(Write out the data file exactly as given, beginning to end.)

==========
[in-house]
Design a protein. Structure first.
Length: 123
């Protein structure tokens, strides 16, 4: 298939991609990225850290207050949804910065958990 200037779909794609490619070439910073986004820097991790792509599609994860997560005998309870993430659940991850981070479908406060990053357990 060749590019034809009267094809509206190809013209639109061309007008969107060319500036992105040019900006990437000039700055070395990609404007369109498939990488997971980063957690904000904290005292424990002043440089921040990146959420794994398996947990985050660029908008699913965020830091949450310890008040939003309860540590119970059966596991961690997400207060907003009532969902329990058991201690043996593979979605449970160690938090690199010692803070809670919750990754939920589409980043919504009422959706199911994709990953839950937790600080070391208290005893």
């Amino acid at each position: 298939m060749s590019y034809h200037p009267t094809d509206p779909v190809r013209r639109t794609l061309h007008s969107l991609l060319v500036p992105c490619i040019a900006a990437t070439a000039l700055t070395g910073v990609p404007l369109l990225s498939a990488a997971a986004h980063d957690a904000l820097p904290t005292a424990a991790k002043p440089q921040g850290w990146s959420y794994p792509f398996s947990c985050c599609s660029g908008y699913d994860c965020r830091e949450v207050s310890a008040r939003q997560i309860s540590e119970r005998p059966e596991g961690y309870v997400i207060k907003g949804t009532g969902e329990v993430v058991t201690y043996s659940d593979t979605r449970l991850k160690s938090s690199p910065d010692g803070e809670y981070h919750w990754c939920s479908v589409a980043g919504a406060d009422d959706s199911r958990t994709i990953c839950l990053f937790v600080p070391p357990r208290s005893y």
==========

[in-house]
Design a protein. Structure first.
Length: 123
């Protein structure tokens, strides 16, 4: 298939991609990225850290207050949804910065958990 200037779909794609490619070439910073986004820097991790792509599609994860997560005998309870993430659940991850981070479908406060990053357990 060749590019034809009267094809509206190809013209639109061309007008969107060319500036992105040019900006990437000039700055070395990609404007369109498939990488997971980063957690904000904290005292424990002043440089921040990146959420794994398996947990985050660029908008699913965020830091949450310890008040939003309860540590119970059966596991961690997400207060907003009532969902329990058991201690043996593979979605449970160690938090690199010692803070809670919750990754939920589409980043919504009422959706199911994709990953839950937790600080070391208290005893």
């Amino acid at each position: 298939m060749s590019y034809h200037p009267t094809d509206p779909v190809r013209r639109t794609l061309h007008s969107l991609l060319v500036p992105c490619i040019a900006a990437t070439a000039l700055t070395g910073v990609p404007l369109l990225s498939a990488a997971a986004h980063d957690a904000l820097p904290t005292a424990a991790k002043p440089q921040g850290w990146s959420y794994p792509f398996s947990c985050c599609s660029g908008y699913d994860c965020r830091e949450v207050s310890a008040r939003q997560i309860s540590e119970r005998p059966e596991g961690y309870v997400i207060k907003g949804t009532g969902e329990v993430v058991t201690y043996s659940d593979t979605r449970l991850k160690s938090s690199p910065d010692g803070e809670y981070h919750w990754c939920s479908v589409a980043g919504a406060d009422d959706s199911r958990t994709i990953c839950l990053f937790v600080p070391p357990r208290s005893y």